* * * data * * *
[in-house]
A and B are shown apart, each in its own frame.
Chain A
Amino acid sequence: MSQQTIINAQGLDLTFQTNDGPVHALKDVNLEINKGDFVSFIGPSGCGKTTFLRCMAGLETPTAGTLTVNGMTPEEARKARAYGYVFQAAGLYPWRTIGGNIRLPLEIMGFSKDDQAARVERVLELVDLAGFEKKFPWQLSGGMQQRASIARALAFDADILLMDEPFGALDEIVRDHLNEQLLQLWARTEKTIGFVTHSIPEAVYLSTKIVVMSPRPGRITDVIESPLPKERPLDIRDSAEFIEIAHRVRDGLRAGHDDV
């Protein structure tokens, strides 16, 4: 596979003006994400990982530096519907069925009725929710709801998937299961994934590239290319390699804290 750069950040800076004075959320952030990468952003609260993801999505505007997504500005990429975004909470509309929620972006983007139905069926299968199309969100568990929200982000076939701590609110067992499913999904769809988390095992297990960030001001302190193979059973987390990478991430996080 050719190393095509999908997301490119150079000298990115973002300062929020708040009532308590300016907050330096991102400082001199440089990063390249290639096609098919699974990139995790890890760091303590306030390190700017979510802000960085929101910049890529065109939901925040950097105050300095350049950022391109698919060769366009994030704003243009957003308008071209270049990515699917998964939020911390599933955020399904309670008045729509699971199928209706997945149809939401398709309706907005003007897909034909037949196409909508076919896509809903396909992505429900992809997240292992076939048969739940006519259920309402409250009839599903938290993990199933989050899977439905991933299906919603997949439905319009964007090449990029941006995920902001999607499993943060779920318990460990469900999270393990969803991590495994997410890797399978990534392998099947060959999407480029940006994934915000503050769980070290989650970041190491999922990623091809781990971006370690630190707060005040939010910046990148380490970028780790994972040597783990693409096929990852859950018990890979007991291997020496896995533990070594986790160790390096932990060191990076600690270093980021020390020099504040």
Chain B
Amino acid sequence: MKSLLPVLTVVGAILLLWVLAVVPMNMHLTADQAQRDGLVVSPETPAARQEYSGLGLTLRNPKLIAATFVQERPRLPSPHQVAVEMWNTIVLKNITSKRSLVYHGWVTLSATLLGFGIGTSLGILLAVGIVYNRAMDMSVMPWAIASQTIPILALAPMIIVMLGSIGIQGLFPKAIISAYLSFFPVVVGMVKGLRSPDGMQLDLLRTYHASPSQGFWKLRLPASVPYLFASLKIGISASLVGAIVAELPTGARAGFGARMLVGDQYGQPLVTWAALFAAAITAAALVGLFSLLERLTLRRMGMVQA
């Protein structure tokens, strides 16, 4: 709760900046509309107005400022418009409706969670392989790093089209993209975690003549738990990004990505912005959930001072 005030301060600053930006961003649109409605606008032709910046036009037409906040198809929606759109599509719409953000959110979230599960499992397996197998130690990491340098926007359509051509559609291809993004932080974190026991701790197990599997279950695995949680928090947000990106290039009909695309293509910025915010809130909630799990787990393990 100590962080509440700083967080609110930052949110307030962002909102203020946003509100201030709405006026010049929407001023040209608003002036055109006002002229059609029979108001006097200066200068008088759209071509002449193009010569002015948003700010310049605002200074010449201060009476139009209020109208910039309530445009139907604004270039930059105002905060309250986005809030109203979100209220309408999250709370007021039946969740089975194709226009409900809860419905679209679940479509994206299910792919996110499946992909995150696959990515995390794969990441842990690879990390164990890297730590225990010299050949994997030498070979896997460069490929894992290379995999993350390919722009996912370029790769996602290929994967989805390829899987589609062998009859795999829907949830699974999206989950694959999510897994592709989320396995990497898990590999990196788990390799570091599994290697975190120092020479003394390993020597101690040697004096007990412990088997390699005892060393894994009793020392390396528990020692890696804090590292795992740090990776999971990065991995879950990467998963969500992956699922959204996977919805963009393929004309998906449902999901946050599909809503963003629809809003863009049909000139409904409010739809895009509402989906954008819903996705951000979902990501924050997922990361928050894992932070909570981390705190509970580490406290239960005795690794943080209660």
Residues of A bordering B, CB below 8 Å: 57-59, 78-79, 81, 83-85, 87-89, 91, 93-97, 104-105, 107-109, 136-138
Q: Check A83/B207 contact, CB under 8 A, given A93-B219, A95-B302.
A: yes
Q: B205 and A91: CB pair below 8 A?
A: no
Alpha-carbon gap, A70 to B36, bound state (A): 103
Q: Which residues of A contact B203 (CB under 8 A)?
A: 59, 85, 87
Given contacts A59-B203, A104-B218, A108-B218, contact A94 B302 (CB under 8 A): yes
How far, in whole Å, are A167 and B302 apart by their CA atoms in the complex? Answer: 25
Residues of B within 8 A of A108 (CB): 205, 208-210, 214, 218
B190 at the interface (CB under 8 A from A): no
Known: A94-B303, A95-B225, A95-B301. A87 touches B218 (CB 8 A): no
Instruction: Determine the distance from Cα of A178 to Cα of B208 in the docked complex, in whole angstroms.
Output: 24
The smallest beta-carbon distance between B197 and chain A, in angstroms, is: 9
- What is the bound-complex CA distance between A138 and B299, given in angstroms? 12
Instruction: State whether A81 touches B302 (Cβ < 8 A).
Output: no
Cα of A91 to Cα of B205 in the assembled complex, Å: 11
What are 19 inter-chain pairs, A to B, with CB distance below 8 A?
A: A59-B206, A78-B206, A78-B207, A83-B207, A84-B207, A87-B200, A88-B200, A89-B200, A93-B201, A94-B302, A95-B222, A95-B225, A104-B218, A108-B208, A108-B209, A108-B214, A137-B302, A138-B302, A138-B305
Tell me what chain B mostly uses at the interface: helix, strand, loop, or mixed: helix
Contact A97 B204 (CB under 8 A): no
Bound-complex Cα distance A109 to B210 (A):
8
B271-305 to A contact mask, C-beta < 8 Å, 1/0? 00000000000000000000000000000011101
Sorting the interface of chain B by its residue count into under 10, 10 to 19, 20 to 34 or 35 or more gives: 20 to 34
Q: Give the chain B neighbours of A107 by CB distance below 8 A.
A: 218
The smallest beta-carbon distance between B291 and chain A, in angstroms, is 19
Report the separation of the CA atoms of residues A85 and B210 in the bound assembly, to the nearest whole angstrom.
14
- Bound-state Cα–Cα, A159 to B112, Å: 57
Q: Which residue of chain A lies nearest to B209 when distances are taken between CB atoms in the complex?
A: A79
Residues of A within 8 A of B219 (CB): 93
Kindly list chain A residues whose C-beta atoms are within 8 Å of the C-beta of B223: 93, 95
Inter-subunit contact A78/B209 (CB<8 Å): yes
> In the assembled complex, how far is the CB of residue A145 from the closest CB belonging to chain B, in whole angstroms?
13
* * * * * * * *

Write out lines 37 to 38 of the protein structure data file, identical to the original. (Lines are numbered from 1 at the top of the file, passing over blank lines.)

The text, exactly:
Q: Give the chain B neighbours of A107 by CB distance below 8 A.
A: 218